During the period covered by this report, due to the Israeli Government's closure policy, a number of Palestinian religious leaders were prevented from reaching their congregations. For example, on March 9, 2001, Israeli soldiers prevented the Latin Patriarch, Michel Sabbah, from entering the town of Ein Areek to perform a Mass. On April 14, 2001, Israeli soldiers prevented the Legal Advisor at the Latin Patriarchate, Majdi al-Siryani, from attending the Ritual of the Holy Fire in Jerusalem. A second group of soldiers then prevented him from reaching a mass in Bethlehem. The Israeli Government pledged to create a "hotline" to facilitate the movement of clerics through checkpoints in March 2001; however, it had not done so by the end of the period covered by this report. Several clergymen reported that they were subject to verbal harassment at checkpoints during the period covered by this report.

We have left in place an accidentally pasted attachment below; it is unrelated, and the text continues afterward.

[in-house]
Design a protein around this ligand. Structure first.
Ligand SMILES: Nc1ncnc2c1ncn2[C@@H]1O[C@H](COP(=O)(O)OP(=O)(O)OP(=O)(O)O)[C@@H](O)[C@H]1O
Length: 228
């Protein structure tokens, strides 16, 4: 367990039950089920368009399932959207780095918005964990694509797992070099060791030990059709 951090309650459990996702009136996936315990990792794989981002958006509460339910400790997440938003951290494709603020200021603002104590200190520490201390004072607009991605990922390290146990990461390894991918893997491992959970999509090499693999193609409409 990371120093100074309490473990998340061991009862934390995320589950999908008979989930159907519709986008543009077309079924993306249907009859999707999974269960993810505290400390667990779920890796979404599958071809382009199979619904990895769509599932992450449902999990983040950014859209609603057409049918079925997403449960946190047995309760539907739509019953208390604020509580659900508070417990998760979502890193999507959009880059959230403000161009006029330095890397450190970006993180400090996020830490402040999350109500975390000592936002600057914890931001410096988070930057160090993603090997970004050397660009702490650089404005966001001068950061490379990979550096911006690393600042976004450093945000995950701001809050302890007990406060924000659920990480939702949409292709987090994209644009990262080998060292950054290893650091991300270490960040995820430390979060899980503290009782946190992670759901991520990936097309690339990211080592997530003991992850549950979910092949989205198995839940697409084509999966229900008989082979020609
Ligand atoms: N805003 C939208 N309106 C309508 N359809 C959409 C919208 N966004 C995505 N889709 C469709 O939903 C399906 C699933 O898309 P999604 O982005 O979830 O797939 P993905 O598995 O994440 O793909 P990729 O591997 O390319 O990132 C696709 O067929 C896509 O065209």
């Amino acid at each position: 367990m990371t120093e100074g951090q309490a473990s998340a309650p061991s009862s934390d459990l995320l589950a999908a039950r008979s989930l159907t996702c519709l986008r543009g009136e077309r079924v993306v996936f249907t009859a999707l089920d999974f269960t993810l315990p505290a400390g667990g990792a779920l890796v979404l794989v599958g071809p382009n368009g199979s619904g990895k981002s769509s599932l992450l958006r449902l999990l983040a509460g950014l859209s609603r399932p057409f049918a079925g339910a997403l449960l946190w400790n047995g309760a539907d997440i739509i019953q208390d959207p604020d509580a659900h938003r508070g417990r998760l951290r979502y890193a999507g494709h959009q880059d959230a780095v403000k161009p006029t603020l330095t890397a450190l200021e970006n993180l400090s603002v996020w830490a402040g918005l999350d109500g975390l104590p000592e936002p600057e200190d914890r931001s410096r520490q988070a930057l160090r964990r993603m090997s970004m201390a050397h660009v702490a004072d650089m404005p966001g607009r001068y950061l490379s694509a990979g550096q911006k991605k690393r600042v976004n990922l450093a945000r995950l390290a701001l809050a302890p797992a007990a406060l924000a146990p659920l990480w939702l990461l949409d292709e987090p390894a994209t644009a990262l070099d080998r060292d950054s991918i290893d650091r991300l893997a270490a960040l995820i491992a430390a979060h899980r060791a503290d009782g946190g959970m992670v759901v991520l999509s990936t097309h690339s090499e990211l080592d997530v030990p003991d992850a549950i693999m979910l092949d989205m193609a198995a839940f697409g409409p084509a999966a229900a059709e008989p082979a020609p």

Palestinian violence against Israeli settlers sometimes prevented settlers from reaching Jewish holy sites in the occupied territories during the period covered by this report. Other Israelis were unable to reach Jewish sites in the occupied territories such as Rachel's Tomb and the Tomb of the Patriarchs in Hebron due to the ongoing violence, including on religious holidays.

A 1995 ruling by the Israeli High Court of Justice theoretically allowed small numbers of Jews under police escort to pray on the Temple Mount/Haram al-Sharif. Israeli police consistently have declined to enforce this ruling, citing public safety concerns. Since the outbreak of the Intifada, Israeli police have prevented all non-Muslims (including Jews seeking to pray) from entering the Temple Mount/Haram al-Sharif.